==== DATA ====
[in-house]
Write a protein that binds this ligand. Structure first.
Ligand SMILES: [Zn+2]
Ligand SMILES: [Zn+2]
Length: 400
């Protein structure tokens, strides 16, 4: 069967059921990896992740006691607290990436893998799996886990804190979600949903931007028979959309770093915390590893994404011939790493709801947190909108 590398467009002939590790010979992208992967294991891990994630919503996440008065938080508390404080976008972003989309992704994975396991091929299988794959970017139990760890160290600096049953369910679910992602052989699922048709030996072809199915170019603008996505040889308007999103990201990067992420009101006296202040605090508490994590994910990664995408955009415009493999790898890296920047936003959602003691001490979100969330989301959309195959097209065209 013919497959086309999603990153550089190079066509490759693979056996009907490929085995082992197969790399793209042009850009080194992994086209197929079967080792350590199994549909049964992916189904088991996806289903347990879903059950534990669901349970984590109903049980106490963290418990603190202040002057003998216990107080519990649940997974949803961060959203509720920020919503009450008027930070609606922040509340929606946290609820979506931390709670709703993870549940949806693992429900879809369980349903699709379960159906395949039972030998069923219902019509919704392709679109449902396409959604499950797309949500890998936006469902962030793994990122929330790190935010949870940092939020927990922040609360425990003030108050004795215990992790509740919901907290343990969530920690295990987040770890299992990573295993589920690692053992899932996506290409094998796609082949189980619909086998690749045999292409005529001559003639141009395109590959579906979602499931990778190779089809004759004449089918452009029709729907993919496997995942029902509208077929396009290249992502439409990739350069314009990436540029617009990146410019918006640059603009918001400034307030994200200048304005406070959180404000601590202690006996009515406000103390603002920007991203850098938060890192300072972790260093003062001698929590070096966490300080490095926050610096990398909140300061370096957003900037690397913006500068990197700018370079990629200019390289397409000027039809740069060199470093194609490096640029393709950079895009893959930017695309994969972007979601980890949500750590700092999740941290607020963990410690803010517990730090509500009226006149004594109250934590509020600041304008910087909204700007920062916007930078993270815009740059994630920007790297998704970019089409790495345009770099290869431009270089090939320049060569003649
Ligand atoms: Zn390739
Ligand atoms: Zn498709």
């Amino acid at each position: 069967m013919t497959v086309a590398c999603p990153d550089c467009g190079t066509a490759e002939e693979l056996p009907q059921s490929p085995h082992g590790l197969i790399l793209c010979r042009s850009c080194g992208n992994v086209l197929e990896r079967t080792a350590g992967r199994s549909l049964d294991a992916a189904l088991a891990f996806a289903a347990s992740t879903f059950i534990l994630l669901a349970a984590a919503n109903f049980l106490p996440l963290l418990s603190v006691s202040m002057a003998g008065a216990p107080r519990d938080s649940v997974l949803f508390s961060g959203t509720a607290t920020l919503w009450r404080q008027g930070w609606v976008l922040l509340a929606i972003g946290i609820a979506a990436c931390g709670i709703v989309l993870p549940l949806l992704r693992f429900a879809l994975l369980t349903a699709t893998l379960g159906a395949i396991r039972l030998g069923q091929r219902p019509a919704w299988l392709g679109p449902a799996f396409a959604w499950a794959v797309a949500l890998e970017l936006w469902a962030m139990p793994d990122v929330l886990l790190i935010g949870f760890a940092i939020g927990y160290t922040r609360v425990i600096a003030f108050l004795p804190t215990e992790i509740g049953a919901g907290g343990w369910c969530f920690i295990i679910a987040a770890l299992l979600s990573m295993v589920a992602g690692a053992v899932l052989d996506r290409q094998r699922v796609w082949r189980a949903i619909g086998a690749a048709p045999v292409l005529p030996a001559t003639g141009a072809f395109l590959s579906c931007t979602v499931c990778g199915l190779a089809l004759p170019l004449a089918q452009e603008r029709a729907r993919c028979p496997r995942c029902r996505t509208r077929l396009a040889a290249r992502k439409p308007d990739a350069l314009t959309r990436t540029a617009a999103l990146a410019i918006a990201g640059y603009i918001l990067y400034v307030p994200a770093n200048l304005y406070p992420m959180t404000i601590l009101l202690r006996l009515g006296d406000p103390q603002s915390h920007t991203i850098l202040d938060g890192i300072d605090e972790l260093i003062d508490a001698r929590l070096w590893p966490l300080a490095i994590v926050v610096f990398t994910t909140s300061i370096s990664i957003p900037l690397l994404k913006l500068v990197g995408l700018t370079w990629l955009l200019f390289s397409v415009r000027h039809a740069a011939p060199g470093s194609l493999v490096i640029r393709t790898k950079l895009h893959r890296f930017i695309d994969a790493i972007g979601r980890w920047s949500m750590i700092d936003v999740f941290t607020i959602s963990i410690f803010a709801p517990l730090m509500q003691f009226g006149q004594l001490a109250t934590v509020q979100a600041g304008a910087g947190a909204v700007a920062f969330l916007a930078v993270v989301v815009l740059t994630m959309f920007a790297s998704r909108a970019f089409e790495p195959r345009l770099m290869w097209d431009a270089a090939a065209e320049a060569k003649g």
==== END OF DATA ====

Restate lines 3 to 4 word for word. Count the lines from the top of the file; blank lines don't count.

Ligand SMILES: [Zn+2]
Ligand SMILES: [Zn+2]